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Latvian gang who tricked people to come to UK then forced them to work

Four men who formed a international serious organised crime syndicate specialising in money laundering and fraud have each been jailed for nearly five years each.

The Latvian men aged between 30 and 38 encouraged people from their home nation to come to Britain – offering to provide travel, accommodation and work. 

But upon their arrival in the UK, the people were told they were ‘in debt’ to the gang – and were forced to open bank accounts before handing over their details and cards.

They were sent to work in locations across the UK, and the gang retained control over their earnings. Refusal to co-operate met with threats of violence and assaults.

Maris Kursis, 30, of Falkirk,

Hardijs Langsteins (left), 37, of Salford, and Maris Kursis (right), 30, of Falkirk, were convicted

Hardijs Langsteins, 37, Maris Kursis, 30, Arvids Civkors, 30, and Aivars Dzagarjans, 38, have been convicted of carrying out illegal activity between 2012 and 2016.

But Langsteins, of Salford; Kursis, of Falkirk; Civkors, of Edinburgh; and Dzagarjans, from Northumberland, were acquitted of people trafficking charges. 

Sheriff Thomas Welsh QC told the men they had all been convicted of very serious offences involving organised crime – and he did not accept an application for bail.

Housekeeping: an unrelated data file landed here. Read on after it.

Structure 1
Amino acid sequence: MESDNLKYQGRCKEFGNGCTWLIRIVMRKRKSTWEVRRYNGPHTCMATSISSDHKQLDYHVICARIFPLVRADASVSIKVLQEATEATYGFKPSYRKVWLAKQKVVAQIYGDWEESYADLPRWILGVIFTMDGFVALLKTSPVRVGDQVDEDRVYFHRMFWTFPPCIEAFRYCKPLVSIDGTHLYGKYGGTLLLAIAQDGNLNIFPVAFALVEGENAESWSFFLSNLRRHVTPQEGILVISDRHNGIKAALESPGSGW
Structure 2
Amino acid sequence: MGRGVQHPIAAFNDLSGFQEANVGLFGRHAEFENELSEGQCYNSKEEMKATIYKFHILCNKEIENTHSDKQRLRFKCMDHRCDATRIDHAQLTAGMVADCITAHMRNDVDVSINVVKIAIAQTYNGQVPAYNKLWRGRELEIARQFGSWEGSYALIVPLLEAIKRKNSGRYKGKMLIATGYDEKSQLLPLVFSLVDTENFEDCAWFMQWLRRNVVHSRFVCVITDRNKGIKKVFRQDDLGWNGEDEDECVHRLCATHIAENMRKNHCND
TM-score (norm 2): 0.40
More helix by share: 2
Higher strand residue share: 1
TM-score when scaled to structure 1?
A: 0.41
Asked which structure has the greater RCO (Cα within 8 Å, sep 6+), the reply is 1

The judge gave the men jail terms of four years and 11 months each. He said: ‘The offences were highly sophisticated and were executed with meticulous precision.’

Sheriff Welsh also spoke at Edinburgh Sheriff Court of the ‘impact that it had on the individuals named on the indictment and the banking system in general’. 

Arvids Civkors, 30, of Edinburgh

Aivars Dzagarjans, 38, from Forth, Northumberland

Arvids Civkors (left), 30, of Edinburgh, and Aivars Dzagarjans (right), 38, from Forth, Northumberland, were convicted of carrying out illegal activity between 2012 and 2016

Michael Anderson, defending Langsteins, said his client accepted that he would face imprisonment, but insisted that he had not greatly benefited from his life of crime. 

Philip Cohen, for Civkors, said his client’s involvement in the scam was minimal and that Sheriff Welsh could consider a ‘direct alternative’ to jailing him. 

But the men were all jailed and now face actions under the Proceeds of Crime Act. The case against them under this legislation will be heard next month on January 15.

Detective Chief Inspector Stephen Healy said Police Scotland were ‘pleased’ with the sentences for the men who had ‘exploited vulnerable victims for financial gain’.

Procurator fiscal Jennifer Harrower added that the men had played ‘an integral role in a complex, large scale operation which facilitated the criminal activity of others’.


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